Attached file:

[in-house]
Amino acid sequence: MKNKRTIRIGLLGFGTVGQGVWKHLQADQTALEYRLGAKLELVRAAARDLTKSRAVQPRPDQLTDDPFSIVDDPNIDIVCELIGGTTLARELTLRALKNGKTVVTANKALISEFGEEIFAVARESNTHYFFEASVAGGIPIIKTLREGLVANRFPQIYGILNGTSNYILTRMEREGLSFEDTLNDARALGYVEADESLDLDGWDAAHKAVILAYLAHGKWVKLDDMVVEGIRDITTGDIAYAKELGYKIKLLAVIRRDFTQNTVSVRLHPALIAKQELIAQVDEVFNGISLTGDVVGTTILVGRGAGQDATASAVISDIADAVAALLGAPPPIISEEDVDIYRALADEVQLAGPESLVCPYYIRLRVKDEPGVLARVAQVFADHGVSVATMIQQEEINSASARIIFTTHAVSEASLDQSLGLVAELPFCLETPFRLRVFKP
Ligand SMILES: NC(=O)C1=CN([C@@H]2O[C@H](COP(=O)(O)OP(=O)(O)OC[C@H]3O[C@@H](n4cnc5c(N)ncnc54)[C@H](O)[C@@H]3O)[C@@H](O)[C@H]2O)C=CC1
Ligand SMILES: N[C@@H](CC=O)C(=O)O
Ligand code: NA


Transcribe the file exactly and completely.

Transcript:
[in-house]
Amino acid sequence: MKNKRTIRIGLLGFGTVGQGVWKHLQADQTALEYRLGAKLELVRAAARDLTKSRAVQPRPDQLTDDPFSIVDDPNIDIVCELIGGTTLARELTLRALKNGKTVVTANKALISEFGEEIFAVARESNTHYFFEASVAGGIPIIKTLREGLVANRFPQIYGILNGTSNYILTRMEREGLSFEDTLNDARALGYVEADESLDLDGWDAAHKAVILAYLAHGKWVKLDDMVVEGIRDITTGDIAYAKELGYKIKLLAVIRRDFTQNTVSVRLHPALIAKQELIAQVDEVFNGISLTGDVVGTTILVGRGAGQDATASAVISDIADAVAALLGAPPPIISEEDVDIYRALADEVQLAGPESLVCPYYIRLRVKDEPGVLARVAQVFADHGVSVATMIQQEEINSASARIIFTTHAVSEASLDQSLGLVAELPFCLETPFRLRVFKP
Ligand SMILES: NC(=O)C1=CN([C@@H]2O[C@H](COP(=O)(O)OP(=O)(O)OC[C@H]3O[C@@H](n4cnc5c(N)ncnc54)[C@H](O)[C@@H]3O)[C@@H](O)[C@H]2O)C=CC1
Ligand SMILES: N[C@@H](CC=O)C(=O)O
Ligand code: NA